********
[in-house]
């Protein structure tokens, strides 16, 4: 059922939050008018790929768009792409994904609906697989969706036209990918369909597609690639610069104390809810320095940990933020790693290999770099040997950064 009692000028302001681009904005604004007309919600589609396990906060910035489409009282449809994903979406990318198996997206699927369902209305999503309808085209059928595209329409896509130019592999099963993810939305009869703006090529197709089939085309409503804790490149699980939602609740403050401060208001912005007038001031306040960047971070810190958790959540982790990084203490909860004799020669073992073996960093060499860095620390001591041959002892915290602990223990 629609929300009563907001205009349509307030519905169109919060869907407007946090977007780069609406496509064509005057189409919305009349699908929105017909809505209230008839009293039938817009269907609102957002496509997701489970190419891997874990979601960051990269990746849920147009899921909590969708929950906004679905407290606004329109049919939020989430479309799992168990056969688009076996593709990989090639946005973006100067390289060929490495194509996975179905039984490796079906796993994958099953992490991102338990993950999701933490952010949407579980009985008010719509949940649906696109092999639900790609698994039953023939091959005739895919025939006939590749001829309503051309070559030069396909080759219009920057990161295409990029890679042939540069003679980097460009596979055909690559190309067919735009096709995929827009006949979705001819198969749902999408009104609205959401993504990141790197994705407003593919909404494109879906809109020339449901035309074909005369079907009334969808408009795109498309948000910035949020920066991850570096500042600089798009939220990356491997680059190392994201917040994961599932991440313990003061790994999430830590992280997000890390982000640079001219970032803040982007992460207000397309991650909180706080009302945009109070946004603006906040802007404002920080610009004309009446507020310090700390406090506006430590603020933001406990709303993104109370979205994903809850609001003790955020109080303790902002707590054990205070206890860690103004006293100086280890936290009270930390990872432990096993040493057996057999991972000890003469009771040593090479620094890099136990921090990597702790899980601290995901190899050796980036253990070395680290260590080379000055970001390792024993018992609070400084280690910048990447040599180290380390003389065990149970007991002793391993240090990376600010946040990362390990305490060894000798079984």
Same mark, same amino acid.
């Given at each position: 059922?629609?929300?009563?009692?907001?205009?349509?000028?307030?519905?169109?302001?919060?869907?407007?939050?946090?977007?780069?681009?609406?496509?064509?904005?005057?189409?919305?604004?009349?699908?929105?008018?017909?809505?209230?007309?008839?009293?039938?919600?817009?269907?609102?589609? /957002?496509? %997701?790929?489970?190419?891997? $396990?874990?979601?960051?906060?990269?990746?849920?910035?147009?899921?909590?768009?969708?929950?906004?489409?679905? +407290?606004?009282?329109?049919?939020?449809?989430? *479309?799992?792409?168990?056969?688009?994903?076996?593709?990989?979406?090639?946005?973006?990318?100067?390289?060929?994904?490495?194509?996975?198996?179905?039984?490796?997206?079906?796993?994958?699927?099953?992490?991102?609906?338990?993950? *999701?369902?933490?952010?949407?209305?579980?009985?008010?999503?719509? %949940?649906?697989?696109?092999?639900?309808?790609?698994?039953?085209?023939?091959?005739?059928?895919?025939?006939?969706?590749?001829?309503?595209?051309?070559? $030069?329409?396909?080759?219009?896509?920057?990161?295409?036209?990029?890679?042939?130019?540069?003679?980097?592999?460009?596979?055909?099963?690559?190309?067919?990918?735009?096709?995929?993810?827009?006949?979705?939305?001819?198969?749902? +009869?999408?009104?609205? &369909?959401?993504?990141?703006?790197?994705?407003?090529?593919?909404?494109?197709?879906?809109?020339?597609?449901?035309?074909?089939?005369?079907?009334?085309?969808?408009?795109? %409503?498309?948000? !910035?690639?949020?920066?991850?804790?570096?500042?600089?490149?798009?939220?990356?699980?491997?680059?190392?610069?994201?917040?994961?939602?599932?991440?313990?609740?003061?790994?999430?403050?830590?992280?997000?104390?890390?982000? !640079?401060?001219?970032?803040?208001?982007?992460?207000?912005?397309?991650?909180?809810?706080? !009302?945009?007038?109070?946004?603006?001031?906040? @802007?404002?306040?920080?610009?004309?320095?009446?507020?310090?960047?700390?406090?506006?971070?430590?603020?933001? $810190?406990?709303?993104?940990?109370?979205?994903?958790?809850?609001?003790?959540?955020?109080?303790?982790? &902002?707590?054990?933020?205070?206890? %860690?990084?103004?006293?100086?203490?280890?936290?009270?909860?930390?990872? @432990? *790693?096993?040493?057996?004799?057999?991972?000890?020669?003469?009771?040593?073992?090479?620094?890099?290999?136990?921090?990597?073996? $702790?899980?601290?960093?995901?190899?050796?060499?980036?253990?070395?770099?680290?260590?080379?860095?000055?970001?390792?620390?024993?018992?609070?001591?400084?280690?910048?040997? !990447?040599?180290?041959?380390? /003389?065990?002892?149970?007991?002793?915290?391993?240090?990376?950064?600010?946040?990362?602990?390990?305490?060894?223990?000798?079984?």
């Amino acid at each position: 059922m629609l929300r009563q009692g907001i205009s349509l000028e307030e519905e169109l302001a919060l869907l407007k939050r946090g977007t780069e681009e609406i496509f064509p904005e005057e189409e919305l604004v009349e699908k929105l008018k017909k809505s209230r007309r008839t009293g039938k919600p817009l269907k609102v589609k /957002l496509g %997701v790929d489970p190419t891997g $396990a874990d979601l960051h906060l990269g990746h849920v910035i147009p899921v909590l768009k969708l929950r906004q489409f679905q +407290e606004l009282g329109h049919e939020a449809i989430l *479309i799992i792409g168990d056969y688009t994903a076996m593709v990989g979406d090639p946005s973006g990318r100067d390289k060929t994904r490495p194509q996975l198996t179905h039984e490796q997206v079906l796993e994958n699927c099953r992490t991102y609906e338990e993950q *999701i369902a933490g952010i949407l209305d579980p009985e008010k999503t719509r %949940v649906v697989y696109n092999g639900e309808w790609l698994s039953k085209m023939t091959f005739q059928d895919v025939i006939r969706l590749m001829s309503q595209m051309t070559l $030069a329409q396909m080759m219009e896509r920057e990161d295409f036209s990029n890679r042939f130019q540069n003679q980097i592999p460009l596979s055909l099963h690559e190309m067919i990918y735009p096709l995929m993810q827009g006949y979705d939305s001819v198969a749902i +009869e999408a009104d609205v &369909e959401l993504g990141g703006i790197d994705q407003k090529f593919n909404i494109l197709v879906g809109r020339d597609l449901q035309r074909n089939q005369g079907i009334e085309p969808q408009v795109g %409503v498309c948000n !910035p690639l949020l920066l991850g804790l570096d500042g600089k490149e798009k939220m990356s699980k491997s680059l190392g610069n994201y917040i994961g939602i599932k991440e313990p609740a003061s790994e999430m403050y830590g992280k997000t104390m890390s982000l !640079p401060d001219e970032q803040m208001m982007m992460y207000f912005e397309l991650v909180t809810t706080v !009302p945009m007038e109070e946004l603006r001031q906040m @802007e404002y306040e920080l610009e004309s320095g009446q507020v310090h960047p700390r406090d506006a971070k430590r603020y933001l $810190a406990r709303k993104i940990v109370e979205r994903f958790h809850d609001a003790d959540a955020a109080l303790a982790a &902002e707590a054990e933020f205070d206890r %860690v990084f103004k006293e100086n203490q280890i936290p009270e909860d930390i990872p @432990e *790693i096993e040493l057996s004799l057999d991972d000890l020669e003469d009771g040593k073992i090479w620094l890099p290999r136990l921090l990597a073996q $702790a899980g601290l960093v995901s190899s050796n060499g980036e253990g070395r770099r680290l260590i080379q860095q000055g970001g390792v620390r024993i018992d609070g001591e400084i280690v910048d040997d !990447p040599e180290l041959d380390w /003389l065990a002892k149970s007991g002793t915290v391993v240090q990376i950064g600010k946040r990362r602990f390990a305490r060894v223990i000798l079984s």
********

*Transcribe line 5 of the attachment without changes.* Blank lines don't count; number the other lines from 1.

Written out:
């Amino acid at each position: 059922m629609l929300r009563q009692g907001i205009s349509l000028e307030e519905e169109l302001a919060l869907l407007k939050r946090g977007t780069e681009e609406i496509f064509p904005e005057e189409e919305l604004v009349e699908k929105l008018k017909k809505s209230r007309r008839t009293g039938k919600p817009l269907k609102v589609k /957002l496509g %997701v790929d489970p190419t891997g $396990a874990d979601l960051h906060l990269g990746h849920v910035i147009p899921v909590l768009k969708l929950r906004q489409f679905q +407290e606004l009282g329109h049919e939020a449809i989430l *479309i799992i792409g168990d056969y688009t994903a076996m593709v990989g979406d090639p946005s973006g990318r100067d390289k060929t994904r490495p194509q996975l198996t179905h039984e490796q997206v079906l796993e994958n699927c099953r992490t991102y609906e338990e993950q *999701i369902a933490g952010i949407l209305d579980p009985e008010k999503t719509r %949940v649906v697989y696109n092999g639900e309808w790609l698994s039953k085209m023939t091959f005739q059928d895919v025939i006939r969706l590749m001829s309503q595209m051309t070559l $030069a329409q396909m080759m219009e896509r920057e990161d295409f036209s990029n890679r042939f130019q540069n003679q980097i592999p460009l596979s055909l099963h690559e190309m067919i990918y735009p096709l995929m993810q827009g006949y979705d939305s001819v198969a749902i +009869e999408a009104d609205v &369909e959401l993504g990141g703006i790197d994705q407003k090529f593919n909404i494109l197709v879906g809109r020339d597609l449901q035309r074909n089939q005369g079907i009334e085309p969808q408009v795109g %409503v498309c948000n !910035p690639l949020l920066l991850g804790l570096d500042g600089k490149e798009k939220m990356s699980k491997s680059l190392g610069n994201y917040i994961g939602i599932k991440e313990p609740a003061s790994e999430m403050y830590g992280k997000t104390m890390s982000l !640079p401060d001219e970032q803040m208001m982007m992460y207000f912005e397309l991650v909180t809810t706080v !009302p945009m007038e109070e946004l603006r001031q906040m @802007e404002y306040e920080l610009e004309s320095g009446q507020v310090h960047p700390r406090d506006a971070k430590r603020y933001l $810190a406990r709303k993104i940990v109370e979205r994903f958790h809850d609001a003790d959540a955020a109080l303790a982790a &902002e707590a054990e933020f205070d206890r %860690v990084f103004k006293e100086n203490q280890i936290p009270e909860d930390i990872p @432990e *790693i096993e040493l057996s004799l057999d991972d000890l020669e003469d009771g040593k073992i090479w620094l890099p290999r136990l921090l990597a073996q $702790a899980g601290l960093v995901s190899s050796n060499g980036e253990g070395r770099r680290l260590i080379q860095q000055g970001g390792v620390r024993i018992d609070g001591e400084i280690v910048d040997d !990447p040599e180290l041959d380390w /003389l065990a002892k149970s007991g002793t915290v391993v240090q990376i950064g600010k946040r990362r602990f390990a305490r060894v223990i000798l079984s």